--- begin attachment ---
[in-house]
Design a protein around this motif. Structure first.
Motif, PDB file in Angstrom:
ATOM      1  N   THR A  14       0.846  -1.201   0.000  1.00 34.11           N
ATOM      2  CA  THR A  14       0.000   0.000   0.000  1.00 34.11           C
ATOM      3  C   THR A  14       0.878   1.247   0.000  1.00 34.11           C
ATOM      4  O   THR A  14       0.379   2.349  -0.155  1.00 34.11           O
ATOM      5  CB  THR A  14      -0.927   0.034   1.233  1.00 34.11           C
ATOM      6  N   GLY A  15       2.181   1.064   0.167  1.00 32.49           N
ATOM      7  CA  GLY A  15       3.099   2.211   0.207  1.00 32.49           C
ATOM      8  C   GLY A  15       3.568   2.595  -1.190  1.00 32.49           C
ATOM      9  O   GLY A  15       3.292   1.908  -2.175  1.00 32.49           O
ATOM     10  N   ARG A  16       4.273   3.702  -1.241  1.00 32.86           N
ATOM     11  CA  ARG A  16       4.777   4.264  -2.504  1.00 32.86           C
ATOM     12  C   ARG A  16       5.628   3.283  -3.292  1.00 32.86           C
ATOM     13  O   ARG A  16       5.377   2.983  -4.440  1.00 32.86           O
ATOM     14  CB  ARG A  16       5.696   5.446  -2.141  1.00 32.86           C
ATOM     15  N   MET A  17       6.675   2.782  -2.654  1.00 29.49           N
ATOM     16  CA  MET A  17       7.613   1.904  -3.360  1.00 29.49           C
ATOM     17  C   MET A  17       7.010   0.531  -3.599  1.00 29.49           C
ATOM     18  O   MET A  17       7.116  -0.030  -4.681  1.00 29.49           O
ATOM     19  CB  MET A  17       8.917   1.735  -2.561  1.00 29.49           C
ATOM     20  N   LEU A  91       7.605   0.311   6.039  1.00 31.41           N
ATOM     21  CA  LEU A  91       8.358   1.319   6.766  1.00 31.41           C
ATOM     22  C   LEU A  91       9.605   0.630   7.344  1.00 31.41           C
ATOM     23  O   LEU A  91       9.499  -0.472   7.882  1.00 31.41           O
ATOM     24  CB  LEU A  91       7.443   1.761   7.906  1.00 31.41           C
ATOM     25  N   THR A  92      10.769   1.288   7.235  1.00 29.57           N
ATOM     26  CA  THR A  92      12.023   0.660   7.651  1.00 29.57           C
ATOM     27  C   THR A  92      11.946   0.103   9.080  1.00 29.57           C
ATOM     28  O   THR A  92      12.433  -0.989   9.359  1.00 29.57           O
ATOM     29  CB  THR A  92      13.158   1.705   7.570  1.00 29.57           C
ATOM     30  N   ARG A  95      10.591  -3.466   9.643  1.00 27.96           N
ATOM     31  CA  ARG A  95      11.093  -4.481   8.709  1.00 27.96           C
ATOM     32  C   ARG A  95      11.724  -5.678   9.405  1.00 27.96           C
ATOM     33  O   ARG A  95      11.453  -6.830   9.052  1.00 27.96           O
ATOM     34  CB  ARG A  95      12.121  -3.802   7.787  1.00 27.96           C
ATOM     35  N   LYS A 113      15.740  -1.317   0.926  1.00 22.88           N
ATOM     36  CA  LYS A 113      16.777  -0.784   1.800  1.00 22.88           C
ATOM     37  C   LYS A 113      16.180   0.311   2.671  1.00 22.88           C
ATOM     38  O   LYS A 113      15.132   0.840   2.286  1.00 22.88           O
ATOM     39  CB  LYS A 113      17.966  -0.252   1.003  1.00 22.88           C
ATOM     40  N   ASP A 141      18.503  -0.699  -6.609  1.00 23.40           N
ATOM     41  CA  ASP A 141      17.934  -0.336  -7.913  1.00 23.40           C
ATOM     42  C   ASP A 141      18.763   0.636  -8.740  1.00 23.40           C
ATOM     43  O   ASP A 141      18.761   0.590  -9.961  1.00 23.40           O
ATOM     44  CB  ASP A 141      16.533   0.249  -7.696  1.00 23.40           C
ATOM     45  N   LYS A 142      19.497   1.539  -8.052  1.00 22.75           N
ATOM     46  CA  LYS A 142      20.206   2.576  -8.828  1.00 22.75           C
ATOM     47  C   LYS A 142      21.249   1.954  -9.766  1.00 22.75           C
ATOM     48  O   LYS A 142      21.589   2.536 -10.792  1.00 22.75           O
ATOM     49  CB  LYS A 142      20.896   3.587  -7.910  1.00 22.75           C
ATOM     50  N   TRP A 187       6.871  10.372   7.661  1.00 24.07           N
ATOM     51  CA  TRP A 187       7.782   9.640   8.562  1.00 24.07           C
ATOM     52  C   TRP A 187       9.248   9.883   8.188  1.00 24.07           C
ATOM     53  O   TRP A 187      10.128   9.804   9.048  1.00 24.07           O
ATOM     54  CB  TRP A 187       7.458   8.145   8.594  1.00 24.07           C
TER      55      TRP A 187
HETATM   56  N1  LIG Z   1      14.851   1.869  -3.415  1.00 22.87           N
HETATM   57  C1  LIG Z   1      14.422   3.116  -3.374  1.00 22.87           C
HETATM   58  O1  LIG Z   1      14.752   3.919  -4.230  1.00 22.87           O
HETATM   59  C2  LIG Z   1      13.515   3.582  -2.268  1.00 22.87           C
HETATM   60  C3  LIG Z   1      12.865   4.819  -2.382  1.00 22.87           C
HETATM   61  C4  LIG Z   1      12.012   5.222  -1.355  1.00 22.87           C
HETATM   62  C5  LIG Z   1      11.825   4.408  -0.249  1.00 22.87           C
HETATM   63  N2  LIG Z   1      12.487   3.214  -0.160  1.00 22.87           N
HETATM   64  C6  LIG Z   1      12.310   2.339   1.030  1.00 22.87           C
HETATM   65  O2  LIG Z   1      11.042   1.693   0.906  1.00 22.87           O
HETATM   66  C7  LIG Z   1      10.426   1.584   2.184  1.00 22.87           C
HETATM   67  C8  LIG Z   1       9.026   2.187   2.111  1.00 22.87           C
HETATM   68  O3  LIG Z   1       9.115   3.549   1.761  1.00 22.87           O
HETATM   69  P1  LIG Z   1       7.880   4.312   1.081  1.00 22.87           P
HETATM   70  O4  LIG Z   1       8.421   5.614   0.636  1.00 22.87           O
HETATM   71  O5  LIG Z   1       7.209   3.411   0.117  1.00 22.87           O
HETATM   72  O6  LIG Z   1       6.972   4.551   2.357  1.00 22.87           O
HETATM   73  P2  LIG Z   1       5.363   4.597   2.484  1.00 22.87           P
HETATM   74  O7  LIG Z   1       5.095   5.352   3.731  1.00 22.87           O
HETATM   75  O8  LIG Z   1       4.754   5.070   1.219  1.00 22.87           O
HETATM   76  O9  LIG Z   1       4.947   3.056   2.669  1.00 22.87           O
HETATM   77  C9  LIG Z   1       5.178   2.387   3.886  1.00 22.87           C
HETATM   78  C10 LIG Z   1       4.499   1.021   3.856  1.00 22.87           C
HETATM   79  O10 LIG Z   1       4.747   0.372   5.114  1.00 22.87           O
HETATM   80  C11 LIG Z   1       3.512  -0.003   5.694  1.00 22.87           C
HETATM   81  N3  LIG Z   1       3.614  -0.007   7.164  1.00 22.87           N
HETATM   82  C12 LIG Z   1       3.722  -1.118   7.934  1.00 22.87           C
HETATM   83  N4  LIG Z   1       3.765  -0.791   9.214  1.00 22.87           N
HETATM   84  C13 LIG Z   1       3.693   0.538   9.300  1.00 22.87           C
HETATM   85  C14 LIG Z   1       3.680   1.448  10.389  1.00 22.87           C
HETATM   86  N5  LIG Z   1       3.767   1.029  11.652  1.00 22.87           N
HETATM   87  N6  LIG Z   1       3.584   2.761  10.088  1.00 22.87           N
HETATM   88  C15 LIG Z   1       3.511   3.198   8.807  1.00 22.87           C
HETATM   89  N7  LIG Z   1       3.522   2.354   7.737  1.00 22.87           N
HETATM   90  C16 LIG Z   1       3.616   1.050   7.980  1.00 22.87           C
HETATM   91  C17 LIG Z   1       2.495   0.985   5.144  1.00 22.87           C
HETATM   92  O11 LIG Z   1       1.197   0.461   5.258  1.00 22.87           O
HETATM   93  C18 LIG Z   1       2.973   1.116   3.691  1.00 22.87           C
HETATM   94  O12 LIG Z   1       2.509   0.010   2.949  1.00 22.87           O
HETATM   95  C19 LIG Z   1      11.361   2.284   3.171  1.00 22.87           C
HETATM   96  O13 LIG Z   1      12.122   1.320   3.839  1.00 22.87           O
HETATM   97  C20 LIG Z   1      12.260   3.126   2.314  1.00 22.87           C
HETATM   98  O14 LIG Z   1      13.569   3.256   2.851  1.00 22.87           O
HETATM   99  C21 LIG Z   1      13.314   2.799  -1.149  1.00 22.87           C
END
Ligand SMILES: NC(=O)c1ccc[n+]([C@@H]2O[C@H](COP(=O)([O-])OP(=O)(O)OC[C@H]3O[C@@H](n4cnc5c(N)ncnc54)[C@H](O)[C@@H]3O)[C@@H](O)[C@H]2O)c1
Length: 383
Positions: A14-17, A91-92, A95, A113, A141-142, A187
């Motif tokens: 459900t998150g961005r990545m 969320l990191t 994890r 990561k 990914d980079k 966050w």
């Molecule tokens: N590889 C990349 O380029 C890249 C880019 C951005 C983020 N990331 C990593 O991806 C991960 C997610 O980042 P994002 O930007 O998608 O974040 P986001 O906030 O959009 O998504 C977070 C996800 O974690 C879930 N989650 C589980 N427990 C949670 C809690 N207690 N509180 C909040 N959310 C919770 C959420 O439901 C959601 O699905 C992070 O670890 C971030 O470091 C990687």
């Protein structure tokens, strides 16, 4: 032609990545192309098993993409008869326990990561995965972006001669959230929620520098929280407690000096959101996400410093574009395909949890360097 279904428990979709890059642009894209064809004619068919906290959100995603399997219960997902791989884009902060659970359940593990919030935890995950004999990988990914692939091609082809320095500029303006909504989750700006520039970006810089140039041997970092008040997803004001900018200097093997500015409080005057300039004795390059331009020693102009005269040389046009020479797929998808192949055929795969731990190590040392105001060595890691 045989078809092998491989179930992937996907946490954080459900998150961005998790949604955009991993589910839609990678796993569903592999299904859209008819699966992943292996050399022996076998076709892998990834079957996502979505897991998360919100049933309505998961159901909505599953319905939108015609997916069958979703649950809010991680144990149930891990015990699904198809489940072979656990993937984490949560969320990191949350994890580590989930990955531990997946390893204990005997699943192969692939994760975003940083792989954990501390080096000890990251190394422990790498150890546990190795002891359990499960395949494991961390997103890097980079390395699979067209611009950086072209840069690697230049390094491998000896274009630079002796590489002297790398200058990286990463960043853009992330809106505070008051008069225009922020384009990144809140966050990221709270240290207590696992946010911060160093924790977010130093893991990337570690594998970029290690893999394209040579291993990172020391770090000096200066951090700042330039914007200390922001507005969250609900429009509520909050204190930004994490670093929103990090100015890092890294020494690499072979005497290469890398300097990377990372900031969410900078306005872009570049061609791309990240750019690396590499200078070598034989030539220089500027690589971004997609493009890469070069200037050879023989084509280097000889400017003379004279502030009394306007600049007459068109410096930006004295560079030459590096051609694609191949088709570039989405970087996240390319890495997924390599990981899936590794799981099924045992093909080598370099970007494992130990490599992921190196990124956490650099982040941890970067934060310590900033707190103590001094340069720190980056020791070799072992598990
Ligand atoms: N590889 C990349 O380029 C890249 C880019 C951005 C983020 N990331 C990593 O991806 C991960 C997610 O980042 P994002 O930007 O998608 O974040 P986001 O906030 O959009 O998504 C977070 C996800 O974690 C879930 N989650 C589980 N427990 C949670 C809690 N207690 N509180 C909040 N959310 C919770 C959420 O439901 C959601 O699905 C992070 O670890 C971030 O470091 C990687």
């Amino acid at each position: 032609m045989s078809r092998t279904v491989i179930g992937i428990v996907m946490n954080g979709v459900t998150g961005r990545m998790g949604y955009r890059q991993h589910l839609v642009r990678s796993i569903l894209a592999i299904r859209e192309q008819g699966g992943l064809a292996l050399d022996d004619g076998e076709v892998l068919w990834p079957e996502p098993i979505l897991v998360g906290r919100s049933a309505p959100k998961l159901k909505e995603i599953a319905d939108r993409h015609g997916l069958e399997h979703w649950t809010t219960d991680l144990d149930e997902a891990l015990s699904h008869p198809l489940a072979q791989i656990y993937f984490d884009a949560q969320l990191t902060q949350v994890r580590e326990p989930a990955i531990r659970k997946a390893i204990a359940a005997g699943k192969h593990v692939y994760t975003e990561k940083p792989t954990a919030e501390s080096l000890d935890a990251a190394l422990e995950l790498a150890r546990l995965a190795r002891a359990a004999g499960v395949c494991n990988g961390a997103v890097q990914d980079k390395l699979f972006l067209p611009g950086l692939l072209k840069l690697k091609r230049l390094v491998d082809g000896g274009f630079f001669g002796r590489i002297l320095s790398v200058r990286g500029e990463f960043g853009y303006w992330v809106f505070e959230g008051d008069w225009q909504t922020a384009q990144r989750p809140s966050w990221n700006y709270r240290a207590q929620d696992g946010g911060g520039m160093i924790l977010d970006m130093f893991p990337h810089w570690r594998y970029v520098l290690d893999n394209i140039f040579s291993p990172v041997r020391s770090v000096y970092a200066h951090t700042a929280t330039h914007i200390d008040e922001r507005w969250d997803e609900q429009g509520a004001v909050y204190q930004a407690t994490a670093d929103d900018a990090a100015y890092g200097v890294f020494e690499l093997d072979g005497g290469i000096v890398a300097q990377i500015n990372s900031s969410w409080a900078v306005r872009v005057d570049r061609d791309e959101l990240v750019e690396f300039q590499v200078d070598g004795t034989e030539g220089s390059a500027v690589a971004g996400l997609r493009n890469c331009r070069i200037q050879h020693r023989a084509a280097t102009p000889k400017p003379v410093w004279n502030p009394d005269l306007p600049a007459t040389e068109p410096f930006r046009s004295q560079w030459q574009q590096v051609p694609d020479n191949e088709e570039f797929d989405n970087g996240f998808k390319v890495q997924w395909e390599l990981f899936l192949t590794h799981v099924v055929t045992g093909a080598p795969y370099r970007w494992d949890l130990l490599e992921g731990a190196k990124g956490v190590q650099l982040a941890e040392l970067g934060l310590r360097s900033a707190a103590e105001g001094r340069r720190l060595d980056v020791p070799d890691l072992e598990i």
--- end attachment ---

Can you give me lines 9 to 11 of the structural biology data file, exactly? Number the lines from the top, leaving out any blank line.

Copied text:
ATOM      6  N   GLY A  15       2.181   1.064   0.167  1.00 32.49           N
ATOM      7  CA  GLY A  15       3.099   2.211   0.207  1.00 32.49           C
ATOM      8  C   GLY A  15       3.568   2.595  -1.190  1.00 32.49           C